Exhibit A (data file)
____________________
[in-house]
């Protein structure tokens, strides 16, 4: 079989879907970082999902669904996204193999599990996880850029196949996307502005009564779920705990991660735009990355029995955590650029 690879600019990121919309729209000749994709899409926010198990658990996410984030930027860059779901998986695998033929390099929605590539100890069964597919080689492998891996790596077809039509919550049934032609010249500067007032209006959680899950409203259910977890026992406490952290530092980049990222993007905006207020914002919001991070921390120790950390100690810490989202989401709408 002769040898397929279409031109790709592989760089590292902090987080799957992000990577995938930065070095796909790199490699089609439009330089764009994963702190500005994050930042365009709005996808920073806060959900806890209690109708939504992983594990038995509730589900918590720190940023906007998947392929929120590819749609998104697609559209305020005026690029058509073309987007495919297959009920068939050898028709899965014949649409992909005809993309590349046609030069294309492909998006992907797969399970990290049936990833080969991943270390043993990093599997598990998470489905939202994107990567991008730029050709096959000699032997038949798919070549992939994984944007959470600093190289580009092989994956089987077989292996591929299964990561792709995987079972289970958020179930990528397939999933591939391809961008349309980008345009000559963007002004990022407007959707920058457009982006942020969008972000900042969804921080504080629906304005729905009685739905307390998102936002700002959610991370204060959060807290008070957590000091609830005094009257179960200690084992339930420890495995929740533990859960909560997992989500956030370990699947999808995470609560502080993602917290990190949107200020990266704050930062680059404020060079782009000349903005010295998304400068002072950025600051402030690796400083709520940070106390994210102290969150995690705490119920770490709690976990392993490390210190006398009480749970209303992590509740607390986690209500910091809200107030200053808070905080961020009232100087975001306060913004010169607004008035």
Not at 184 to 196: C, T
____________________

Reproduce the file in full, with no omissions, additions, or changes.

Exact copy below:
[in-house]
């Protein structure tokens, strides 16, 4: 079989879907970082999902669904996204193999599990996880850029196949996307502005009564779920705990991660735009990355029995955590650029 690879600019990121919309729209000749994709899409926010198990658990996410984030930027860059779901998986695998033929390099929605590539100890069964597919080689492998891996790596077809039509919550049934032609010249500067007032209006959680899950409203259910977890026992406490952290530092980049990222993007905006207020914002919001991070921390120790950390100690810490989202989401709408 002769040898397929279409031109790709592989760089590292902090987080799957992000990577995938930065070095796909790199490699089609439009330089764009994963702190500005994050930042365009709005996808920073806060959900806890209690109708939504992983594990038995509730589900918590720190940023906007998947392929929120590819749609998104697609559209305020005026690029058509073309987007495919297959009920068939050898028709899965014949649409992909005809993309590349046609030069294309492909998006992907797969399970990290049936990833080969991943270390043993990093599997598990998470489905939202994107990567991008730029050709096959000699032997038949798919070549992939994984944007959470600093190289580009092989994956089987077989292996591929299964990561792709995987079972289970958020179930990528397939999933591939391809961008349309980008345009000559963007002004990022407007959707920058457009982006942020969008972000900042969804921080504080629906304005729905009685739905307390998102936002700002959610991370204060959060807290008070957590000091609830005094009257179960200690084992339930420890495995929740533990859960909560997992989500956030370990699947999808995470609560502080993602917290990190949107200020990266704050930062680059404020060079782009000349903005010295998304400068002072950025600051402030690796400083709520940070106390994210102290969150995690705490119920770490709690976990392993490390210190006398009480749970209303992590509740607390986690209500910091809200107030200053808070905080961020009232100087975001306060913004010169607004008035």
Not at 184 to 196: C, T